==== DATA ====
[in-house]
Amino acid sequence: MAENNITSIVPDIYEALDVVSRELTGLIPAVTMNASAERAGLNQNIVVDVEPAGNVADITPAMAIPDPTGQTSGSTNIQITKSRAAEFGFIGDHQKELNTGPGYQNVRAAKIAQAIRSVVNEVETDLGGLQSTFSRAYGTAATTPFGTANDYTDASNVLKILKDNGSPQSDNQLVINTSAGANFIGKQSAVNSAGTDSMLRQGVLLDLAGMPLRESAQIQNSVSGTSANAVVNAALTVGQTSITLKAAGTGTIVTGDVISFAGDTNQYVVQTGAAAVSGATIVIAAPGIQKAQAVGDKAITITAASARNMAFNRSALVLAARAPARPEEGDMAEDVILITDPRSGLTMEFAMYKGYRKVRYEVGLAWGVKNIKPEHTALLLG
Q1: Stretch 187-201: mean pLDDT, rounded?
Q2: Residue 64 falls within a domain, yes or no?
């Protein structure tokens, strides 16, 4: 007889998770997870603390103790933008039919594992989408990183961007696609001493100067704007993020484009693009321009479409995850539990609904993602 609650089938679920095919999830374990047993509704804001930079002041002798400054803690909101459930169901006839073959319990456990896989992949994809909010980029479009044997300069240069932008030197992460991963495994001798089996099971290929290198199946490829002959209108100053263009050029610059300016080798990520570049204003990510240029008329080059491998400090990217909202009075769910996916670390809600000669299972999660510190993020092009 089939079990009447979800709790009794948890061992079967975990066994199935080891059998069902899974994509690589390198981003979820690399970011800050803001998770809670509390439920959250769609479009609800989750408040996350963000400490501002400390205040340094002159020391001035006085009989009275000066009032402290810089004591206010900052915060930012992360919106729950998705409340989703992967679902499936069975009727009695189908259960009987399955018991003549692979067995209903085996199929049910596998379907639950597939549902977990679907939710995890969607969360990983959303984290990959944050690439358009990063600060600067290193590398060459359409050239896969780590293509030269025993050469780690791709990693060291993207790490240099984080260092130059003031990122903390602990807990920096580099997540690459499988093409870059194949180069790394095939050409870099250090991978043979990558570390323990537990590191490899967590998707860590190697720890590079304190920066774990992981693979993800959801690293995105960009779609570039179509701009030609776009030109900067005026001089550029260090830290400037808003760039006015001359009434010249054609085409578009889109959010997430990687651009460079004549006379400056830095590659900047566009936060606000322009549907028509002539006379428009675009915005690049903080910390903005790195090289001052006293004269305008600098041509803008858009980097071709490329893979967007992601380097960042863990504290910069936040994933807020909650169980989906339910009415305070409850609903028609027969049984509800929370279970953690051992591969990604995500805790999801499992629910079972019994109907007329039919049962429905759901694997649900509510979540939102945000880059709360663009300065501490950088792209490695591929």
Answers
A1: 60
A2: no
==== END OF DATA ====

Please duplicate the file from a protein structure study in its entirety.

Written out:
[in-house]
Amino acid sequence: MAENNITSIVPDIYEALDVVSRELTGLIPAVTMNASAERAGLNQNIVVDVEPAGNVADITPAMAIPDPTGQTSGSTNIQITKSRAAEFGFIGDHQKELNTGPGYQNVRAAKIAQAIRSVVNEVETDLGGLQSTFSRAYGTAATTPFGTANDYTDASNVLKILKDNGSPQSDNQLVINTSAGANFIGKQSAVNSAGTDSMLRQGVLLDLAGMPLRESAQIQNSVSGTSANAVVNAALTVGQTSITLKAAGTGTIVTGDVISFAGDTNQYVVQTGAAAVSGATIVIAAPGIQKAQAVGDKAITITAASARNMAFNRSALVLAARAPARPEEGDMAEDVILITDPRSGLTMEFAMYKGYRKVRYEVGLAWGVKNIKPEHTALLLG
Q1: Stretch 187-201: mean pLDDT, rounded?
Q2: Residue 64 falls within a domain, yes or no?
């Protein structure tokens, strides 16, 4: 007889998770997870603390103790933008039919594992989408990183961007696609001493100067704007993020484009693009321009479409995850539990609904993602 609650089938679920095919999830374990047993509704804001930079002041002798400054803690909101459930169901006839073959319990456990896989992949994809909010980029479009044997300069240069932008030197992460991963495994001798089996099971290929290198199946490829002959209108100053263009050029610059300016080798990520570049204003990510240029008329080059491998400090990217909202009075769910996916670390809600000669299972999660510190993020092009 089939079990009447979800709790009794948890061992079967975990066994199935080891059998069902899974994509690589390198981003979820690399970011800050803001998770809670509390439920959250769609479009609800989750408040996350963000400490501002400390205040340094002159020391001035006085009989009275000066009032402290810089004591206010900052915060930012992360919106729950998705409340989703992967679902499936069975009727009695189908259960009987399955018991003549692979067995209903085996199929049910596998379907639950597939549902977990679907939710995890969607969360990983959303984290990959944050690439358009990063600060600067290193590398060459359409050239896969780590293509030269025993050469780690791709990693060291993207790490240099984080260092130059003031990122903390602990807990920096580099997540690459499988093409870059194949180069790394095939050409870099250090991978043979990558570390323990537990590191490899967590998707860590190697720890590079304190920066774990992981693979993800959801690293995105960009779609570039179509701009030609776009030109900067005026001089550029260090830290400037808003760039006015001359009434010249054609085409578009889109959010997430990687651009460079004549006379400056830095590659900047566009936060606000322009549907028509002539006379428009675009915005690049903080910390903005790195090289001052006293004269305008600098041509803008858009980097071709490329893979967007992601380097960042863990504290910069936040994933807020909650169980989906339910009415305070409850609903028609027969049984509800929370279970953690051992591969990604995500805790999801499992629910079972019994109907007329039919049962429905759901694997649900509510979540939102945000880059709360663009300065501490950088792209490695591929």
Answers
A1: 60
A2: no